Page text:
America’s History: The National Archives Experience
September 20, 2013
WASHINGTON, DC, USA – It’s no surprise that our nation’s capital city helps tell the stories of America’s budding history, but no one puts a face to this incredible mosaic quite like the National Archives Experience. Visitors roaming these halls get to come face to face with some of our country’s most important pieces of parchment to date—all housed within a very Washington-esque marble rotunda.
This tourist favorite made waves back in 2004 with the release of the first National Treasure film, in which Nicolas Cage must steal the Declaration of Independence. Visitors can gaze upon this historic document in addition to some of the country’s oldest and most celebrated pieces of legislature, including the Constitution of the United States and the Bill of Rights. And though they may be encased behind glass to protect their rather delicate status (they are all over 200 years old, after all!), this is one of the only places where you can get this close to real-deal pieces of American history.
Located on the National Mall, this DC landmark is open daily for browsing, though we strongly recommend booking reservations in advance during heightened tourist crowds like weekends and holidays. Of course, once you’re inside the Rotunda for the Charters of Freedom (which houses the Archives’ most important docs), it’s open viewing for patrons. Roam about the expanse at will, stopping to view other important pieces like the Manga Carta, Louisiana Purchase Treaty, and the Emancipation Proclamation (fitting, considering Lincoln’s nearby memorial on the west end of the Mall).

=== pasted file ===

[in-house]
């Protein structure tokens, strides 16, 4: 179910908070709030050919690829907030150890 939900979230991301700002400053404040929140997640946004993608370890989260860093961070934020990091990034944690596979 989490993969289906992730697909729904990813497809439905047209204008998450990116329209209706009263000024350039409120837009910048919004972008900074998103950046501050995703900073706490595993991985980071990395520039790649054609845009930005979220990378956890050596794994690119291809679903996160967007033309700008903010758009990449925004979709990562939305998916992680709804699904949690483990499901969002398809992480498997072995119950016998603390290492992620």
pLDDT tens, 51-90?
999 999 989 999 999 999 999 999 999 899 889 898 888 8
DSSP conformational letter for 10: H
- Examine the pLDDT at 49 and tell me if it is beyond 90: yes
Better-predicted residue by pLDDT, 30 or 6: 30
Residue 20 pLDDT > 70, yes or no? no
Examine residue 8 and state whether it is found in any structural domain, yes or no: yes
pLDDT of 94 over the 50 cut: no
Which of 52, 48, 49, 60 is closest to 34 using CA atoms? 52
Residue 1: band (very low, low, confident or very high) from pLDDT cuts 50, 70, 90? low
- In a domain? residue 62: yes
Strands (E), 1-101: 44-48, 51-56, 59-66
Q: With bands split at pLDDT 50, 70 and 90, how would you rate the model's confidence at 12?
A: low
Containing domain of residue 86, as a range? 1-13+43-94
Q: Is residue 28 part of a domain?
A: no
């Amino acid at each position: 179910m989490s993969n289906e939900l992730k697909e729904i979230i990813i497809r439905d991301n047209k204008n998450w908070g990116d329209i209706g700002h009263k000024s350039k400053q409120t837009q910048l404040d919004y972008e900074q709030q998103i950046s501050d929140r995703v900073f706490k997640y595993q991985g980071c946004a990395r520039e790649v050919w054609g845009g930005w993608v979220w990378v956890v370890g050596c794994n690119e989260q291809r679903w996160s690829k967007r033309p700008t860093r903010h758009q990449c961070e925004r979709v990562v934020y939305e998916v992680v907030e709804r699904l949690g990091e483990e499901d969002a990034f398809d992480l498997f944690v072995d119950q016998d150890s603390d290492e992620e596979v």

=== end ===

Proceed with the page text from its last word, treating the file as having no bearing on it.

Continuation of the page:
History buffs will really be in their element while roaming about here, especially when viewing the research labs and learning centers onsite. And if you want an even closer look at these priceless artifacts, the National Archives provides guided tours throughout the week, starting at 9:45 a.m. But word to the wise: make sure to leave your camera at home, as all filming, photographing, and videotaping are prohibited in the exhibition halls.
Best of all, you get to do it all for free—not bad for an afternoon gazing upon some of America’s most treasured pieces of parchment. Afterward, when you’re ready to pound DC’s pavement once again, you’ll be right in the heart of the grassy expanse most museums and art galleries in this buzzing city call home. Plus, there’s nothing quite like taking in a history lesson firsthand; just dive right in at the National Archives and let the past speak for itself.
Read more about the National Archives Experience in our Washington, DC guide.